The World Food Programme (WFP) purchased US$22 Million worth of food in Ghana between 2008 and 2012 from food suppliers and farmers.
The food items mainly bought through traditional large competitive tendering, consisted of maize, iodized salt, beans and local rice, Ms Magdalena Owusu Moshi, Deputy Country Director said on Wednesday in Sunyani.
Ms Moshi was speaking at the 2014 Purchase for Progress (P4P) initiative annual consultative workshop organized by WFP for 26 Farmer-Based Organisations (FBOs) from the Ashanti and Northern Regions.
The two-day workshop, on the theme “Reviewing the Performance of P4P Implementation – Achievements, Challenges and the Way-forward,” was attended by 60 participants from 16 and 10 FBOs in Ashanti and Northern Regions respectively.
Its objective was to allow WFP’s P4P and associated partners to collectively review progress to date, and to discuss key lessons learnt during the second year of its implementation in Ghana.
Ms Moshi stated the P4P, a WFP initiative, started in Ghana in 2011 as a five- year pilot programme, aimed at helping smallholder farmers to become competitive players in agricultural markets, by improving their food production to obtain higher quality crops and increasing their access to markets.
She said the P4P initiative had been largely successful for the participating 1,524 smallholder farmers, comprising 576 from the Northern and 948 from the Ashanti Regions in the 26 farmer groups.
Ms Moshi said the WFP had provided the farmers with some basic farming equipment and logistics, adding that it had also bought 3,251 metric tonnes of white maize worth US$1.6 Million from them.
She said by assisting the farmers to sell their produce at fair prices boosted their incomes to improve their livelihoods, the P4P initiative was ultimately helping to address some of the root causes of hunger in a developing country like Ghana, where smallholder farmers are some of the most food-insecure people.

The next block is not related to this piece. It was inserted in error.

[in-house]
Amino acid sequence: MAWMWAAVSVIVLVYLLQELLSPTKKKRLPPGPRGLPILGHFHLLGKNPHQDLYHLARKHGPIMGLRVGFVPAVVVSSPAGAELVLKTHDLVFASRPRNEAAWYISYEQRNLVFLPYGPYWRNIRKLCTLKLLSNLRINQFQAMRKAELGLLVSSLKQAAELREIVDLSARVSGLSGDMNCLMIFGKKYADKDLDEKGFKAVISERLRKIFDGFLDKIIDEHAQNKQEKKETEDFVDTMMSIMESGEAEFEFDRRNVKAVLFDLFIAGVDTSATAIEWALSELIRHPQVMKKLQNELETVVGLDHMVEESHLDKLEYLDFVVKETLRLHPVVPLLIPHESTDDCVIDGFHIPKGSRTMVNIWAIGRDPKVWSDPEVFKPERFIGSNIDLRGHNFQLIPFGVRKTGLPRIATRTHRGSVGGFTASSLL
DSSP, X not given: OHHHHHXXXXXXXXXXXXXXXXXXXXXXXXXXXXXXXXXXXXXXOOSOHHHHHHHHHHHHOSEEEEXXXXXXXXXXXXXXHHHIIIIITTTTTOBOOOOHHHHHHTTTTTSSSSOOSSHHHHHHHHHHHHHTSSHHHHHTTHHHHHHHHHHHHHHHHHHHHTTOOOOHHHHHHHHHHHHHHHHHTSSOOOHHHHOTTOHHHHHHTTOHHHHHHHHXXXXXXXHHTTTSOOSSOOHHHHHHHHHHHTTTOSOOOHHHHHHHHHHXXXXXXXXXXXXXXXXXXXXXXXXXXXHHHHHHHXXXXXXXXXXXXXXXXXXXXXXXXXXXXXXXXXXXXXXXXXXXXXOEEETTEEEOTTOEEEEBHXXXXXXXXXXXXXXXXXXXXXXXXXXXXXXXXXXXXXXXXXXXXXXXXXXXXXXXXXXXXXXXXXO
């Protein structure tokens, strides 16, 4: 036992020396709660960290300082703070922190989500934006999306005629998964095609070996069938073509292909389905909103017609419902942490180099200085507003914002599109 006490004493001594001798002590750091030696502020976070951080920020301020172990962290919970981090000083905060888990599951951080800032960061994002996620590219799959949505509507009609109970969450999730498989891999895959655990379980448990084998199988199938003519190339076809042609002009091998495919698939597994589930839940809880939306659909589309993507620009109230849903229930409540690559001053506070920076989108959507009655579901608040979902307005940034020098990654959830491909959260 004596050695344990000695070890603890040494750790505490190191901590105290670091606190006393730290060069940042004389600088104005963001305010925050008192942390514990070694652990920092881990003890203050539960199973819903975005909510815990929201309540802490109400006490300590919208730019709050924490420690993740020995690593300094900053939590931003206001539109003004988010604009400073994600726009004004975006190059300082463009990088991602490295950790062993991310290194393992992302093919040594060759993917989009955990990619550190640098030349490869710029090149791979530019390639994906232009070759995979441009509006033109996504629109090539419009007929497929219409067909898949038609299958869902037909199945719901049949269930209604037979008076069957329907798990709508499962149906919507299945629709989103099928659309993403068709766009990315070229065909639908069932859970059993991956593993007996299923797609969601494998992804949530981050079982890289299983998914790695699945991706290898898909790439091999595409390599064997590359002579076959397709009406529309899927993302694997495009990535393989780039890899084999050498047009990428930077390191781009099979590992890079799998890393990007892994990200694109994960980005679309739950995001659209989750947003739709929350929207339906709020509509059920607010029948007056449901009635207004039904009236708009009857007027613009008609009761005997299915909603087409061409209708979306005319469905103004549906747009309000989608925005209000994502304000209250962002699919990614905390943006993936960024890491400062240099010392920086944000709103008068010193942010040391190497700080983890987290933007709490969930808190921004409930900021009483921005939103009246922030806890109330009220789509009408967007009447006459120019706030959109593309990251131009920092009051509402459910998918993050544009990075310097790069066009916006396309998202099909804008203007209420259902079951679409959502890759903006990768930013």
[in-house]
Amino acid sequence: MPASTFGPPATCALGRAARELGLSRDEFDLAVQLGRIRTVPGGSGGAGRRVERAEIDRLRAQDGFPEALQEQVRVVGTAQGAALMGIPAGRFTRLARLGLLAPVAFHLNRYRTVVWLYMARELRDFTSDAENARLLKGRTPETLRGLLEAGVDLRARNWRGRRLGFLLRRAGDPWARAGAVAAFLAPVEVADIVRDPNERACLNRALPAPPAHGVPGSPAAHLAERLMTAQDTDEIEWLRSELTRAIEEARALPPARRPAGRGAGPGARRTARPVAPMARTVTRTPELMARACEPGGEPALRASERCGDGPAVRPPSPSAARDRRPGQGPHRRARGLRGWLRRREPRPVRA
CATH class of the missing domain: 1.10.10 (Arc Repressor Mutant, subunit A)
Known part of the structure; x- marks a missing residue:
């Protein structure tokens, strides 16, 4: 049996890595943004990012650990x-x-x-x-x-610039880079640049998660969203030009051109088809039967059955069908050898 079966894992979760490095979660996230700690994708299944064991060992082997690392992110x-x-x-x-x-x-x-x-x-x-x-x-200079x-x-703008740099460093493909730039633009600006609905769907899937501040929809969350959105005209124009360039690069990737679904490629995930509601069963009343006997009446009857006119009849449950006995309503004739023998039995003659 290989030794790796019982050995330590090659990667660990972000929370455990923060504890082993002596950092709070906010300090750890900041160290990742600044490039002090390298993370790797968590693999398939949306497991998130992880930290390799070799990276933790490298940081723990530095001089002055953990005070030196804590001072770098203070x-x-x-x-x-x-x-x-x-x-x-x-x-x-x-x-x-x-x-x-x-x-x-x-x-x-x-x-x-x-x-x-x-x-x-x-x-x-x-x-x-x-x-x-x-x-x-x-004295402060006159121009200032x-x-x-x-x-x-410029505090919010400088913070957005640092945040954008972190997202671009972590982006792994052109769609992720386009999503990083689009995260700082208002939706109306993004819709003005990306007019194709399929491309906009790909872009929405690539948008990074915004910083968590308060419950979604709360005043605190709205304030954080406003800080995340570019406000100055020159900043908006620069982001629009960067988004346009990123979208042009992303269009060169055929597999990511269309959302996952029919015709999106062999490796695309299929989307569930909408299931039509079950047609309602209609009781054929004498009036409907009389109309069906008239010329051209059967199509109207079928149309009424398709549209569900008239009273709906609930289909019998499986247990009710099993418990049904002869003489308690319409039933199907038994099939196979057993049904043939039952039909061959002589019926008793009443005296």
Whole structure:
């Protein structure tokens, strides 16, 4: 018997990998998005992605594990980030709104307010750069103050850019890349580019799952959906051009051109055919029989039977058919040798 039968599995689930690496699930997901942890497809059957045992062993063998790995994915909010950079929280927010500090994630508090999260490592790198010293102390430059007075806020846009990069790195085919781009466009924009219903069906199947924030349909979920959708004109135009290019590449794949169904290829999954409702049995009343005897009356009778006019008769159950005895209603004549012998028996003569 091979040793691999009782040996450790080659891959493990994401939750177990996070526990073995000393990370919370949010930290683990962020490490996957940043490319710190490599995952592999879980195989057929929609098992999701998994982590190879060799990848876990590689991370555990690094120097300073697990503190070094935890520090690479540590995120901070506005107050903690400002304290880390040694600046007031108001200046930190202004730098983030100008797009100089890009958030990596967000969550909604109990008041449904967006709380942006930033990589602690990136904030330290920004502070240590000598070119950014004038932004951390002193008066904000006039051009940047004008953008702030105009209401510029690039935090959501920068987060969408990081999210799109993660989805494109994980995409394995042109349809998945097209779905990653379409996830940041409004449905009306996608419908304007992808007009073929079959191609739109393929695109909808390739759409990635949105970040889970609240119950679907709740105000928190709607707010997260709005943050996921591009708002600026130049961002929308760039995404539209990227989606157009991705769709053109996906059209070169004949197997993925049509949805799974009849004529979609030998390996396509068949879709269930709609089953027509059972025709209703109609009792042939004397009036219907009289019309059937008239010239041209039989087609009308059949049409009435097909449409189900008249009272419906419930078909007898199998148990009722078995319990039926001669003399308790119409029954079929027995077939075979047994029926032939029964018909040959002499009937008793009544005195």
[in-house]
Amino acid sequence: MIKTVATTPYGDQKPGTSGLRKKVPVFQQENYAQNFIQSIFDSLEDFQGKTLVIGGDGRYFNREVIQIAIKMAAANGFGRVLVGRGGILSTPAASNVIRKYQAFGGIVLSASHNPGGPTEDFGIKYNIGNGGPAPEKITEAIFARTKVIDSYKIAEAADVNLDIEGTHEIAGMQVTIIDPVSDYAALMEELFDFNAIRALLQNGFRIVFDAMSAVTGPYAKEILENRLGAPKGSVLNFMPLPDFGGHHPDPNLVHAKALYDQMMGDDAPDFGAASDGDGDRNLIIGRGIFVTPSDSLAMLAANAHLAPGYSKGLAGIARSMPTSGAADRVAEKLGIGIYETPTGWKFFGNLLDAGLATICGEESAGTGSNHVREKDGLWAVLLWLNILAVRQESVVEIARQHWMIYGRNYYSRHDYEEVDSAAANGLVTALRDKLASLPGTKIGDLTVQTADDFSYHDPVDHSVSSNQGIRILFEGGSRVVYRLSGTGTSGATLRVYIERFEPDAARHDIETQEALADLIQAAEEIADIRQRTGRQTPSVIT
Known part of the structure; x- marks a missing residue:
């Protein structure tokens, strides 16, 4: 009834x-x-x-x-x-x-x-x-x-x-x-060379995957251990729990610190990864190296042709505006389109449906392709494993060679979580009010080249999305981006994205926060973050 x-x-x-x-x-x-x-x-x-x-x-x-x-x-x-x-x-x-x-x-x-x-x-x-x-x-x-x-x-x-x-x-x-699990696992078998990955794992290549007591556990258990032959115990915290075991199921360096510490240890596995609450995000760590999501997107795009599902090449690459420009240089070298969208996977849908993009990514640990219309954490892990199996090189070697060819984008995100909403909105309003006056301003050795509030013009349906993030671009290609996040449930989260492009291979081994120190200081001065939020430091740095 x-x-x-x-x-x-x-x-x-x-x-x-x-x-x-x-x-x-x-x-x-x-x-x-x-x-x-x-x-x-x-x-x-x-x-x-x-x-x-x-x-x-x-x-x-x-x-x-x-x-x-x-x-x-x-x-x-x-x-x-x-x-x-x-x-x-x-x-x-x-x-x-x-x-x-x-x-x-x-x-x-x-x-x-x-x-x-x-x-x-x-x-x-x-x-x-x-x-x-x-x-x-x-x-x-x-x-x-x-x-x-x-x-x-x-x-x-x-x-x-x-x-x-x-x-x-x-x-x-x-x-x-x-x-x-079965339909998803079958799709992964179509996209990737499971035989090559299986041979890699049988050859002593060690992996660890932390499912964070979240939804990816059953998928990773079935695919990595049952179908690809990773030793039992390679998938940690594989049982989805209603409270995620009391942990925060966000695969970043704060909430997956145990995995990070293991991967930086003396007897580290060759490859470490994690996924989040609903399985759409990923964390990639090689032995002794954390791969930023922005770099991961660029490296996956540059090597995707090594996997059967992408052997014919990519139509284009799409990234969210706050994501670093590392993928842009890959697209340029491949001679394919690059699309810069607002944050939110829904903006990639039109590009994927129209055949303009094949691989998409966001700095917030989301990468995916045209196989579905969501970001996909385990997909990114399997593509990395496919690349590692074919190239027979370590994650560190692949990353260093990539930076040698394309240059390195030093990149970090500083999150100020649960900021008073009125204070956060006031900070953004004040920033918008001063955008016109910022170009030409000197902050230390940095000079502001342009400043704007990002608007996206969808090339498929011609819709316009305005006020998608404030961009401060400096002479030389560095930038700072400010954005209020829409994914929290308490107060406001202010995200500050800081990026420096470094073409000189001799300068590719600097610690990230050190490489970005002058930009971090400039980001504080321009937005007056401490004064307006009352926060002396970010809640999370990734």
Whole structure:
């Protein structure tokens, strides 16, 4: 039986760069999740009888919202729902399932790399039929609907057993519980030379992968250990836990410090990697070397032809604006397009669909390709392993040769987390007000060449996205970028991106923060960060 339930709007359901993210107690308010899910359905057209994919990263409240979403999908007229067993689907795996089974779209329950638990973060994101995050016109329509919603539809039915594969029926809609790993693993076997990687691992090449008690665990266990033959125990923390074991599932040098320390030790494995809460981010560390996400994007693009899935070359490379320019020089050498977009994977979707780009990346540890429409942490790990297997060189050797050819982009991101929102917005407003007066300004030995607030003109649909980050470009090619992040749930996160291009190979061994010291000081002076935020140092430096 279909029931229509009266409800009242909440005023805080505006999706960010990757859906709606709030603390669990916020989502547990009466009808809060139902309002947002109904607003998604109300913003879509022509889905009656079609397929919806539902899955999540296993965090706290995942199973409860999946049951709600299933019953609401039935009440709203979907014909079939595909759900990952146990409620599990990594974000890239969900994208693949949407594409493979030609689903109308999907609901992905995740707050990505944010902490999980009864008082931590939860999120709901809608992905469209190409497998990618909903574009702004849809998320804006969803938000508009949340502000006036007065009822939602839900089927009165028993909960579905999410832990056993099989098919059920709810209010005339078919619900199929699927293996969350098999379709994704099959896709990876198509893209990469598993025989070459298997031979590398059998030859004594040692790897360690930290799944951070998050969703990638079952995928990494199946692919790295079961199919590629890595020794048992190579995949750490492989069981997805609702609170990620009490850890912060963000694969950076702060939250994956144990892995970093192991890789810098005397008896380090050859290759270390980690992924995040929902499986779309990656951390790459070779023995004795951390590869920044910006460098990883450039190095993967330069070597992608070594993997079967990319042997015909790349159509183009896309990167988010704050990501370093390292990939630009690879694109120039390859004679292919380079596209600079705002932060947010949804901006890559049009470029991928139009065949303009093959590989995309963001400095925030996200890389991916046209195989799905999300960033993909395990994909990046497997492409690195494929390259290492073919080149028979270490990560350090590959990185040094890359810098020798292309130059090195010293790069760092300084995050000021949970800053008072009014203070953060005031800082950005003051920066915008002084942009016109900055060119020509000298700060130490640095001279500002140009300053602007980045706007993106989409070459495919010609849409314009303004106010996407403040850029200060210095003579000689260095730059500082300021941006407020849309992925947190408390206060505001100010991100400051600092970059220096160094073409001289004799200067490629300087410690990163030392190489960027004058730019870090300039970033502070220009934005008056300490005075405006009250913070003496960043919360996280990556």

Mr Samuel Adjei, Programme Officer for the P4P initiative of WFP, Ghana in a slide presentation informed participants on the “Status of P4P Implementation in 2013: Achievements and Challenges”.
He said capacity building services the P4P initiative provided to the farmers included the use of drying fertilizers, use of cleaning facilities, fumigation, storage, removing discoloured grains, removing broken/small grains, removing foreign matter, drying, weighing and bagging, transportation and marketing.
Later in an interview, Mr Adjei said the P4P initiative was being piloted specifically in the Ejura-Sekyedumase District of the Ashanti Region, as well as Tolon, Kunbugu and Saneligu in the Tamale Metropolis of the Northern Region.
He said it sought to build the capacity of the farmers through collaboration with supply side partners such as the Adventist Relief Agency (ADRA), Farm Radio International (FRI), Savanna Agricultural Research Institute (SARI), Crops Research Institute (CRI) and the Ministry of Food and Agriculture (MoFA).
He said equipment and materials provided to the farmers included rice reapers, tarpaulins and Grain Moisture Content Testers.GNA